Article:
Patent Dispute Goes After iTunes


It just wouldn’t feel right getting through a month without another lawsuit. Apple (s aapl) is in the firing line this time from Online News Link, which claims Apple infringed on patent No. 7,508,789. Ah yes, good old 7,508,789: “the transmission of digital information through a broadcast channel and bi-directional channel.” Or something.

The complaint from California-based Online News Link specifically targets iTunes. The complaint, filed Oct. 8 in the Texas Eastern District Court, claims:

Defendant Apple infringes, either directly or indirectly, through its operation of iTunes and the email and Web-based products, systems, and services offered via iTunes.

Patent No. 7,508,789 describes a system that allows quick search and retrieval of broadcast information via the Internet. It was awarded to Online News Link as recently as March 24.

It’s sometimes hard to know for sure what these complaints are really about, particularly since the descriptions in patents can often be so cumbersome and, too often, frustratingly generic. Here’s an excerpt, courtesy of AppleInsider, of the patent description:

The amount of information delivered is preferably sufficient to satisfy the needs of a large number of subscribers so they do not have to obtain additional information using the bi-directional channel. The broadcast information is stored on fast storage media located at subscriber sites.

Well, to me, that sounds like every commercial online media service that’s ever existed since the late ’90s. But what do I know?

Apple isn’t alone, though, and enjoys some big-brand company in this new lawsuit. Online News Link’s complaint claims some other very big players have committed the same egregious infringement. Dow Jones, Forbes, Morningstar and several others are listed defendants.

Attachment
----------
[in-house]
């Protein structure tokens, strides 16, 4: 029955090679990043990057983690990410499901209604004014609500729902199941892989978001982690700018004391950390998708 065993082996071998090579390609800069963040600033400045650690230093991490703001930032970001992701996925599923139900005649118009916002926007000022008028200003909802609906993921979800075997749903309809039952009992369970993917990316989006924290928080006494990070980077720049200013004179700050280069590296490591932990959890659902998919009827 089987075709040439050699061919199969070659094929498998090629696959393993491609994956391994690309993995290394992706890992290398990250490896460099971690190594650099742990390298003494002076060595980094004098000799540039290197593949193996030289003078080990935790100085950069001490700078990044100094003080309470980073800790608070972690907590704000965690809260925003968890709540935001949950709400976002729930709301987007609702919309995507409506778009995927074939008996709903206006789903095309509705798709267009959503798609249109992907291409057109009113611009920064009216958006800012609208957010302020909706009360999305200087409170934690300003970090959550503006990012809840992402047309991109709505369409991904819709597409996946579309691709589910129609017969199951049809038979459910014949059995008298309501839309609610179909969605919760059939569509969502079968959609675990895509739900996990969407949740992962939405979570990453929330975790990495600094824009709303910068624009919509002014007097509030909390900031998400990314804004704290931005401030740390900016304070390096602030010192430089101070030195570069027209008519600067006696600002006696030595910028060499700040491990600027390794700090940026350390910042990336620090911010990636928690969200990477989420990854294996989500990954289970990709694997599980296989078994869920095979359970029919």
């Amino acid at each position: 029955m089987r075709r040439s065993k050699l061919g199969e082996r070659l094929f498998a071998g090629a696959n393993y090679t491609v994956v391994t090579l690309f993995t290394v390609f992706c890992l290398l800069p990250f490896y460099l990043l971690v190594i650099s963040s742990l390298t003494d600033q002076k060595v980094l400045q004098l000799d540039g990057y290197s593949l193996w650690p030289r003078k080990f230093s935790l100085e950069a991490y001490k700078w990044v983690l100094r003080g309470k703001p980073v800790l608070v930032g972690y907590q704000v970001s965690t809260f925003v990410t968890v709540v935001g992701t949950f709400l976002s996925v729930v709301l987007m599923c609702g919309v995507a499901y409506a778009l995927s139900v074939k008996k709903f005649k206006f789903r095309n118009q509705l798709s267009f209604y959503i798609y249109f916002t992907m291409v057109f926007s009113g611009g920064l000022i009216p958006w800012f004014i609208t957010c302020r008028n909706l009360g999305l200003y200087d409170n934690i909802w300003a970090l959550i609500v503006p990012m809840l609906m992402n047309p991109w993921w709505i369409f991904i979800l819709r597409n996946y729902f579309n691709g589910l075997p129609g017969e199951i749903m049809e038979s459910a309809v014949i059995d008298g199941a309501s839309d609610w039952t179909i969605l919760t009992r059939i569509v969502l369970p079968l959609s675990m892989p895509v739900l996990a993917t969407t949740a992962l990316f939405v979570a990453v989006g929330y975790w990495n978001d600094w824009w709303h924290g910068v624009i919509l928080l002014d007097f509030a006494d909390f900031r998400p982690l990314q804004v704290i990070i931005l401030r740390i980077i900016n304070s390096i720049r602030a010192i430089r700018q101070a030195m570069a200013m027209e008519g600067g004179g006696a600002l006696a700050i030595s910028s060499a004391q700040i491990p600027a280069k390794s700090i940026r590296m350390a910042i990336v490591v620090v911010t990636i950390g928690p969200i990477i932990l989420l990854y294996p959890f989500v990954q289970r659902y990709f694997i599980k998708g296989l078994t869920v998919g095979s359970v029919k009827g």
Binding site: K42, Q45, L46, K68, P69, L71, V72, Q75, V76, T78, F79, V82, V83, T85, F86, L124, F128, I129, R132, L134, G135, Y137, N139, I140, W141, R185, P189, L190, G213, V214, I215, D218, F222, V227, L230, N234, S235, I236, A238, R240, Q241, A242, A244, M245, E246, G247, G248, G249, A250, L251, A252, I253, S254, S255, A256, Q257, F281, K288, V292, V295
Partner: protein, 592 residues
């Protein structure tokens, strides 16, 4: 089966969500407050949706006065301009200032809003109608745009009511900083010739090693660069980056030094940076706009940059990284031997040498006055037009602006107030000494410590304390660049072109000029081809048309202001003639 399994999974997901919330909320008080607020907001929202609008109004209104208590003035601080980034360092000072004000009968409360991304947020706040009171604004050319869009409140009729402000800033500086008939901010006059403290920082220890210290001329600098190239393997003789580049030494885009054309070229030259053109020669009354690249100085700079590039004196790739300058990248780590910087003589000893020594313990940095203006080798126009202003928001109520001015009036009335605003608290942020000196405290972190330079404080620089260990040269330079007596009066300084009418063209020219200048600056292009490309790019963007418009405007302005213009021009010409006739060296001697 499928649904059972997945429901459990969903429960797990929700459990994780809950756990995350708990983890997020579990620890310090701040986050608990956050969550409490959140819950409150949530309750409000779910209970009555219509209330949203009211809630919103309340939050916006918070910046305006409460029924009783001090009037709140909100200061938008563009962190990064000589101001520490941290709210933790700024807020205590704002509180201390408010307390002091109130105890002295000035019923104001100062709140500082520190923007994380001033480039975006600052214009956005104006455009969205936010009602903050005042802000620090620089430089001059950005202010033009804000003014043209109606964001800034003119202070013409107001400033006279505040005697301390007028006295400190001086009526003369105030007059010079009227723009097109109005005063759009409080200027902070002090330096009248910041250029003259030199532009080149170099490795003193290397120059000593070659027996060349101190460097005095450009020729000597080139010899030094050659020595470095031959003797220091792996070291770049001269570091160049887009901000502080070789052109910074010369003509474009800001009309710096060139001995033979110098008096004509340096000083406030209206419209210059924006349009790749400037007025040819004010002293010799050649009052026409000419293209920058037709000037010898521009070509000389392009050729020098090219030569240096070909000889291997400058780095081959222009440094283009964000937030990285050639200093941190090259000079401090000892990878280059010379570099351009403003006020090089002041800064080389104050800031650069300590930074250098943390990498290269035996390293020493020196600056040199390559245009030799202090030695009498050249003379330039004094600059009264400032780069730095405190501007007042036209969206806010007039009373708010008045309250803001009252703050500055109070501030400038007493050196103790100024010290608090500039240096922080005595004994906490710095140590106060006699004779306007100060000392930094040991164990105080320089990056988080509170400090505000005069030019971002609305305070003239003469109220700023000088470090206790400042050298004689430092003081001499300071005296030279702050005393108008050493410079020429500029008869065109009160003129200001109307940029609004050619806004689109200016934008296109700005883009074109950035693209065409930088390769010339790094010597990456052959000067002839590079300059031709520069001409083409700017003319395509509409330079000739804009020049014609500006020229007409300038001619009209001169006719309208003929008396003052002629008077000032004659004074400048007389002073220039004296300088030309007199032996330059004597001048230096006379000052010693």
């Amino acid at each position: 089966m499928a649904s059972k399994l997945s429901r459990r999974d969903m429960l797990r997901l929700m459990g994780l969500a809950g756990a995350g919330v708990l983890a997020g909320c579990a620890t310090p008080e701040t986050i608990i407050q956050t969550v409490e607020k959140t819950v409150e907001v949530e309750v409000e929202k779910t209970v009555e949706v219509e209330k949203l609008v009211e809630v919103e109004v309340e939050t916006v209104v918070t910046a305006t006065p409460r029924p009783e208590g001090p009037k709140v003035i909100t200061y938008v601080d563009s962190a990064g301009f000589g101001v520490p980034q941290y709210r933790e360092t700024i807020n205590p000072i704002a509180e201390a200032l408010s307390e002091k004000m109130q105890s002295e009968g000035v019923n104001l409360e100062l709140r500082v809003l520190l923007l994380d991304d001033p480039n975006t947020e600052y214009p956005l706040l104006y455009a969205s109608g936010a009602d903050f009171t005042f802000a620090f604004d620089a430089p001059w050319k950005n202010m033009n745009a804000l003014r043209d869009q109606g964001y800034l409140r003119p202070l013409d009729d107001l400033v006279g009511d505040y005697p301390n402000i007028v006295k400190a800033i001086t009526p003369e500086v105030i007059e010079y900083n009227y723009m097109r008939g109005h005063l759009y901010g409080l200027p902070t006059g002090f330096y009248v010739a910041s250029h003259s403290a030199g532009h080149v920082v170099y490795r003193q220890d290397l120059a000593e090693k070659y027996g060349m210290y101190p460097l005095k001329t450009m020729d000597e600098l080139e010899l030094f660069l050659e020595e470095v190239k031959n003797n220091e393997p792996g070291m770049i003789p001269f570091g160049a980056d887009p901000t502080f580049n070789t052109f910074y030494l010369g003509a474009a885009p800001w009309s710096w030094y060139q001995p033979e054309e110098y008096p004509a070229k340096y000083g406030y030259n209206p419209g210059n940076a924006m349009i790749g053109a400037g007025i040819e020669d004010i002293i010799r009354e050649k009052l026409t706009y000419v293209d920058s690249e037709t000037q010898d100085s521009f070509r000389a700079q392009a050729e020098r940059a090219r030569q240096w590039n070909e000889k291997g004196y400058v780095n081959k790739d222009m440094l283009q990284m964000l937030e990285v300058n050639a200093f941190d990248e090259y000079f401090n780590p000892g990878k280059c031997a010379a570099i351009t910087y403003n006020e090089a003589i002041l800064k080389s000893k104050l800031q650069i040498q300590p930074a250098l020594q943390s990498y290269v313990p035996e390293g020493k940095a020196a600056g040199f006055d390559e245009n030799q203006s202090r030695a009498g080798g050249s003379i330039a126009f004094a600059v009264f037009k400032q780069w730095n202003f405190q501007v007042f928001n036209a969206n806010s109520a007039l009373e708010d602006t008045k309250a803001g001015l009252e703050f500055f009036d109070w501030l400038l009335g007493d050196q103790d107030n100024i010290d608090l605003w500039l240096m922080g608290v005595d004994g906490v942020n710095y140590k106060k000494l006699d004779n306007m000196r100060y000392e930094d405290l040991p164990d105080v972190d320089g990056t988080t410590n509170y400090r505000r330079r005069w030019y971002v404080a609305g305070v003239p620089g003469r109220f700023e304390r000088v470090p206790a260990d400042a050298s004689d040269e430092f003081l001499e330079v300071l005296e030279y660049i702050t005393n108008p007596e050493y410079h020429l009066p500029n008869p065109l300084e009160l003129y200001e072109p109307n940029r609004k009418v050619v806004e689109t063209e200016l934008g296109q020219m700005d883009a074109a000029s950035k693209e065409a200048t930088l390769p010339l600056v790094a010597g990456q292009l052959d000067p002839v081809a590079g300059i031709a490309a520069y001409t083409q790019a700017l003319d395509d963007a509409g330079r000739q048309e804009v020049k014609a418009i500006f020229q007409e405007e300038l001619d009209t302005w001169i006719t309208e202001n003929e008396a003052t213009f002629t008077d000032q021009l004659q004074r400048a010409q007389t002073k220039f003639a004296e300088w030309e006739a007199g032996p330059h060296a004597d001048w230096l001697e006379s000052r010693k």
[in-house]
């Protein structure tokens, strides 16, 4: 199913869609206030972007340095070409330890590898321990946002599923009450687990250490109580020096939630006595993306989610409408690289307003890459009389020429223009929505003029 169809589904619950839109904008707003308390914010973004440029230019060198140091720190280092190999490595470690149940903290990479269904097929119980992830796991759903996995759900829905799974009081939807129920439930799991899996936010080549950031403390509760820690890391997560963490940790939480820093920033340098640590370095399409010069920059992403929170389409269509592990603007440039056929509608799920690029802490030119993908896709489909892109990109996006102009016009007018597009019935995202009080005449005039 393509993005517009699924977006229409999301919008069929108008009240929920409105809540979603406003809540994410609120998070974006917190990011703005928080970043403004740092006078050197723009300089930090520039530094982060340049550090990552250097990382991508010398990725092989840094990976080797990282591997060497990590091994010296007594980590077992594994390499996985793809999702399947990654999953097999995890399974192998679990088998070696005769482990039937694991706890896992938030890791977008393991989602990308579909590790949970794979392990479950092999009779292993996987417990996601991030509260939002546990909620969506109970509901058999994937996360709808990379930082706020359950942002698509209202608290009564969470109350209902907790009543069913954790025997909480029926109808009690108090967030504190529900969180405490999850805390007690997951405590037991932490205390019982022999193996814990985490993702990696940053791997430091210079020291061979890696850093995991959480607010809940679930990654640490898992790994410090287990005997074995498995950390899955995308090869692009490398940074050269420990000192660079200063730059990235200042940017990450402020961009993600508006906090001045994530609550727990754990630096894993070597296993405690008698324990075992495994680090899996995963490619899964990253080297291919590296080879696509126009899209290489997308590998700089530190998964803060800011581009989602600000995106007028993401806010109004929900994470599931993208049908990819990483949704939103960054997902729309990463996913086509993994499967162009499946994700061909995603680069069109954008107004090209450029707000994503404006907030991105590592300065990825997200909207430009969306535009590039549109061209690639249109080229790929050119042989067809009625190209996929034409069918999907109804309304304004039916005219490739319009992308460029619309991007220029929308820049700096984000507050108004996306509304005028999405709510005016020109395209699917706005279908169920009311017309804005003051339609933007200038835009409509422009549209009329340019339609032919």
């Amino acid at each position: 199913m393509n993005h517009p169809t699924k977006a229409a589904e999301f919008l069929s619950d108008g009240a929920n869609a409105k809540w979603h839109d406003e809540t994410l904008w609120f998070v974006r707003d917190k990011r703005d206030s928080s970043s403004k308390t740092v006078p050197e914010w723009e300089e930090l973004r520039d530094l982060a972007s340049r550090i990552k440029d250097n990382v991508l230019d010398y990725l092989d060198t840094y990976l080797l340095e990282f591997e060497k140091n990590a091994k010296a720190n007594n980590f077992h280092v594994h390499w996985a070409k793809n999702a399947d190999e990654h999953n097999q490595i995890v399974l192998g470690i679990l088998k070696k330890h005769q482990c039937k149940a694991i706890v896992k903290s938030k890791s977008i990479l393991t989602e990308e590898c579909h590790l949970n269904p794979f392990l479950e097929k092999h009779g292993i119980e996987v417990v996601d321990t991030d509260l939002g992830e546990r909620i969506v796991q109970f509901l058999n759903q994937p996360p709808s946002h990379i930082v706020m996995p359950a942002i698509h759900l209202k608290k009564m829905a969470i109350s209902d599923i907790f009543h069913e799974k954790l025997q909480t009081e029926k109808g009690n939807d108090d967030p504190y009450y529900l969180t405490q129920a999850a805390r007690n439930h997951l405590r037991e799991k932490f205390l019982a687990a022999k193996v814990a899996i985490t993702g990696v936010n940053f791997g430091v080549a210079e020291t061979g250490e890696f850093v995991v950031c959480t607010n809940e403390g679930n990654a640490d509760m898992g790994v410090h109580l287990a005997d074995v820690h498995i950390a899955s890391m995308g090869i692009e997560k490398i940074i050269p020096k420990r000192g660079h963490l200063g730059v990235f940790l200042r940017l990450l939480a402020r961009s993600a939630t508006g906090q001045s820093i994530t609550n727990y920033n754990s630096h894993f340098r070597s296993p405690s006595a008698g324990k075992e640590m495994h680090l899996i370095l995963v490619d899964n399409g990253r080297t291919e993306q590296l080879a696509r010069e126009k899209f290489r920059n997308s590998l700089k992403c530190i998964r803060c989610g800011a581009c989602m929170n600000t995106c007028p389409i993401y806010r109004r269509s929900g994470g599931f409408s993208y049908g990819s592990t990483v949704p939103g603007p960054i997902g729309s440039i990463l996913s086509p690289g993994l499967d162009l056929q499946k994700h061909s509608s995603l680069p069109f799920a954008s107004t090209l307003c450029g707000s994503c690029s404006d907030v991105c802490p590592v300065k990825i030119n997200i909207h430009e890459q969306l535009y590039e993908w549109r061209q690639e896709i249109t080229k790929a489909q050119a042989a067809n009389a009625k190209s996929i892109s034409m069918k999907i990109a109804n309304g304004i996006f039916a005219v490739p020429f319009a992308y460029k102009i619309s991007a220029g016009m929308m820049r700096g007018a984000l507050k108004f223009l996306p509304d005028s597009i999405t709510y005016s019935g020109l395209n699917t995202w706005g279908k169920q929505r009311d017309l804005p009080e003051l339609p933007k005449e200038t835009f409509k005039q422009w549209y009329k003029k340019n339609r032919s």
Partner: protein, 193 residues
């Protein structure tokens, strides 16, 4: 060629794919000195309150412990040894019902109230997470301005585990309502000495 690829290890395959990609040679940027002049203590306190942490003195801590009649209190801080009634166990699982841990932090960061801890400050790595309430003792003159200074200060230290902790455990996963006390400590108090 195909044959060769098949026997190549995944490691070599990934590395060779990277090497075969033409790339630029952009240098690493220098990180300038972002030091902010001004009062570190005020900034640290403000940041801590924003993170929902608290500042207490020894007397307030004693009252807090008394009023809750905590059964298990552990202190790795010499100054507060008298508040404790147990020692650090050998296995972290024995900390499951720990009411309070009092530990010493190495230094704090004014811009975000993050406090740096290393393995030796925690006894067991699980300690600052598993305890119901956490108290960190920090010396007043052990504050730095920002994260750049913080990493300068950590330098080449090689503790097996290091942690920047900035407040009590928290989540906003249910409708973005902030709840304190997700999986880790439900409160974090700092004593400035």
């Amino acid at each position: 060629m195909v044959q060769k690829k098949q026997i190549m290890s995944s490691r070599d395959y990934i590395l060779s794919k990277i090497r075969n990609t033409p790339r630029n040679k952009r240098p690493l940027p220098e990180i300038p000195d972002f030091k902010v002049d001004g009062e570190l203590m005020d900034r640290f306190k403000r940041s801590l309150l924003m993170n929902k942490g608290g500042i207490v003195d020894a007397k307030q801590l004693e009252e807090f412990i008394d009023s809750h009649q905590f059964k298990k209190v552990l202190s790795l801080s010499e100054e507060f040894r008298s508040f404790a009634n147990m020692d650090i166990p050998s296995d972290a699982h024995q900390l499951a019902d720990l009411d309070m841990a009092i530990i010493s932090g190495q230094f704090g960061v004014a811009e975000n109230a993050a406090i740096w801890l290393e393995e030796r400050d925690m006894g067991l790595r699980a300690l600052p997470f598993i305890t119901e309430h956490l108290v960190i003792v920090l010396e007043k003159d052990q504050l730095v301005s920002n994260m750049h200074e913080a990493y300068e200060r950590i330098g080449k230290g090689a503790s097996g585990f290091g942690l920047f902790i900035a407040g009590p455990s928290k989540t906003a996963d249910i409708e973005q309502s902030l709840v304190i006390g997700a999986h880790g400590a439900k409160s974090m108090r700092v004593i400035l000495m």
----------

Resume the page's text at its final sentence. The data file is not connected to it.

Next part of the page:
ONL adds in its complaint, “Each Defendant has purposefully and voluntarily placed one or more of its infringing products, services, and systems into the stream of commerce,” while MacNN reports that ONL “is asking for a jury trial, with the aim of recouping costs and damages. Many such cases are settled out of court.”

ONL’s complaint adds:

Each Defendant has committed and continues to commit acts of patent infringement, directly and/or through agents and intermediaries, by offering for sale, selling, and distributing certain infringing products, services, and systems in Texas and, particularly, the Eastern District of Texas.

AppleInsider’s Neil Hughes suggests the decision to file the suit in the Eastern District of Texas is of particular relevance, since “complainants often file [there] in hopes of a favorable outcome.”